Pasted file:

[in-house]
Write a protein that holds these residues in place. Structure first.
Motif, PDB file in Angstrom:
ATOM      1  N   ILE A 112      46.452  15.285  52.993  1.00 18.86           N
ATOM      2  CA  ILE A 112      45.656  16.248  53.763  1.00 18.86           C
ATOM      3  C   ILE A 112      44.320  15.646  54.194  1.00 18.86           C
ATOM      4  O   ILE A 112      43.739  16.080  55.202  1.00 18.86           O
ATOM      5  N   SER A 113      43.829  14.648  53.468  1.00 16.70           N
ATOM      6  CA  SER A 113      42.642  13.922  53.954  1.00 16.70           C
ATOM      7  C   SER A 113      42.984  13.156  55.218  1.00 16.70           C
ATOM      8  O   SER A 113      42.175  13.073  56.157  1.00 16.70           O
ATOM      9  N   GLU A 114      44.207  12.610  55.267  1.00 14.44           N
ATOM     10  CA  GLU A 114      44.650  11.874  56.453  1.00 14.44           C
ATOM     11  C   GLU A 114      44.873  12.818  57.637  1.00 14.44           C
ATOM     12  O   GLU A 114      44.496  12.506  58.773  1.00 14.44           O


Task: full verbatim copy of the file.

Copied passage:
[in-house]
Write a protein that holds these residues in place. Structure first.
Motif, PDB file in Angstrom:
ATOM      1  N   ILE A 112      46.452  15.285  52.993  1.00 18.86           N
ATOM      2  CA  ILE A 112      45.656  16.248  53.763  1.00 18.86           C
ATOM      3  C   ILE A 112      44.320  15.646  54.194  1.00 18.86           C
ATOM      4  O   ILE A 112      43.739  16.080  55.202  1.00 18.86           O
ATOM      5  N   SER A 113      43.829  14.648  53.468  1.00 16.70           N
ATOM      6  CA  SER A 113      42.642  13.922  53.954  1.00 16.70           C
ATOM      7  C   SER A 113      42.984  13.156  55.218  1.00 16.70           C
ATOM      8  O   SER A 113      42.175  13.073  56.157  1.00 16.70           O
ATOM      9  N   GLU A 114      44.207  12.610  55.267  1.00 14.44           N
ATOM     10  CA  GLU A 114      44.650  11.874  56.453  1.00 14.44           C
ATOM     11  C   GLU A 114      44.873  12.818  57.637  1.00 14.44           C
ATOM     12  O   GLU A 114      44.496  12.506  58.773  1.00 14.44           O